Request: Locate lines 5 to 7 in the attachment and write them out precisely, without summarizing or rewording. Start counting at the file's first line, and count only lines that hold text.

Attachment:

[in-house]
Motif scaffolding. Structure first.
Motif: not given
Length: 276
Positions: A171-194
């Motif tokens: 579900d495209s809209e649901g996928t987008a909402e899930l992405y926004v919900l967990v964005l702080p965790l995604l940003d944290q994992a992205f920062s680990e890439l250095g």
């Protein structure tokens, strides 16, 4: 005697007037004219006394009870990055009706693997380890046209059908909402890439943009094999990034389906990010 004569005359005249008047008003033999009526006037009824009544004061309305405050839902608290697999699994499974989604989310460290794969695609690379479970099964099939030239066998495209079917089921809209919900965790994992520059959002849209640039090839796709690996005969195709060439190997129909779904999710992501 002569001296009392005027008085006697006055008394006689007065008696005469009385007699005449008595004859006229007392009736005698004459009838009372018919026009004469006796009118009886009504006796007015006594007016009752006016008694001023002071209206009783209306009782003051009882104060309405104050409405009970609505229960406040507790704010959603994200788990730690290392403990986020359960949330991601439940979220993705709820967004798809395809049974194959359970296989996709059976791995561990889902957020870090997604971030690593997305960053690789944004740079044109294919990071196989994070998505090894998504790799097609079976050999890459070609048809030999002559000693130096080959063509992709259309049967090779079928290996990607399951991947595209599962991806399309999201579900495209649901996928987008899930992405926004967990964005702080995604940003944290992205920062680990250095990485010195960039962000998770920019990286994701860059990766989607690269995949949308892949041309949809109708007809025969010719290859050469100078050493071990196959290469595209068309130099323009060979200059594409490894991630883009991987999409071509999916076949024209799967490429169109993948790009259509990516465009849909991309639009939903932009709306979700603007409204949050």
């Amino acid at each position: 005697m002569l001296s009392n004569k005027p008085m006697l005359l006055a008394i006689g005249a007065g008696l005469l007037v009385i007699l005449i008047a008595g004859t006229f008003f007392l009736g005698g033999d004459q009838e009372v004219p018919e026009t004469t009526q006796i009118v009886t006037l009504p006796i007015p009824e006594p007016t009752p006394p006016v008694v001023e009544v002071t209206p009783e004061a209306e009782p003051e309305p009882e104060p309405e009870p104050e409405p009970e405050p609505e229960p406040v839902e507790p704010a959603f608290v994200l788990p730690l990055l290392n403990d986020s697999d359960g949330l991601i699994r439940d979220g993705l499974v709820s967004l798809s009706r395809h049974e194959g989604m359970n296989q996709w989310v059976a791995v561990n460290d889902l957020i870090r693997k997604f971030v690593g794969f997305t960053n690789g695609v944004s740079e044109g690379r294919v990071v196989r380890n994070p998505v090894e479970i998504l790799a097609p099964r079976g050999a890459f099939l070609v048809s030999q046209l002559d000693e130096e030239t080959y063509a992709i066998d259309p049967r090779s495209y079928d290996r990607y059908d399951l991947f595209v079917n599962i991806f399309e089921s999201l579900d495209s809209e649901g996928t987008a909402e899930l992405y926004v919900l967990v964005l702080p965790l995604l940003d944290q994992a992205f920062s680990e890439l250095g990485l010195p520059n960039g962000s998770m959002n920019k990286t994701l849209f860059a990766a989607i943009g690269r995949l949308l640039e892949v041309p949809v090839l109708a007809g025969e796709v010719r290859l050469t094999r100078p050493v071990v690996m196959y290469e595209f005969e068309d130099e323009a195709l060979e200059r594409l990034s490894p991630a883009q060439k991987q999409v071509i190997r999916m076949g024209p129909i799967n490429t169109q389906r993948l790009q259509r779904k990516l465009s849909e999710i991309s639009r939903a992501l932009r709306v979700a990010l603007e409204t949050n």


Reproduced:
Positions: A171-194
């Motif tokens: 579900d495209s809209e649901g996928t987008a909402e899930l992405y926004v919900l967990v964005l702080p965790l995604l940003d944290q994992a992205f920062s680990e890439l250095g």
């Protein structure tokens, strides 16, 4: 005697007037004219006394009870990055009706693997380890046209059908909402890439943009094999990034389906990010 004569005359005249008047008003033999009526006037009824009544004061309305405050839902608290697999699994499974989604989310460290794969695609690379479970099964099939030239066998495209079917089921809209919900965790994992520059959002849209640039090839796709690996005969195709060439190997129909779904999710992501 002569001296009392005027008085006697006055008394006689007065008696005469009385007699005449008595004859006229007392009736005698004459009838009372018919026009004469006796009118009886009504006796007015006594007016009752006016008694001023002071209206009783209306009782003051009882104060309405104050409405009970609505229960406040507790704010959603994200788990730690290392403990986020359960949330991601439940979220993705709820967004798809395809049974194959359970296989996709059976791995561990889902957020870090997604971030690593997305960053690789944004740079044109294919990071196989994070998505090894998504790799097609079976050999890459070609048809030999002559000693130096080959063509992709259309049967090779079928290996990607399951991947595209599962991806399309999201579900495209649901996928987008899930992405926004967990964005702080995604940003944290992205920062680990250095990485010195960039962000998770920019990286994701860059990766989607690269995949949308892949041309949809109708007809025969010719290859050469100078050493071990196959290469595209068309130099323009060979200059594409490894991630883009991987999409071509999916076949024209799967490429169109993948790009259509990516465009849909991309639009939903932009709306979700603007409204949050």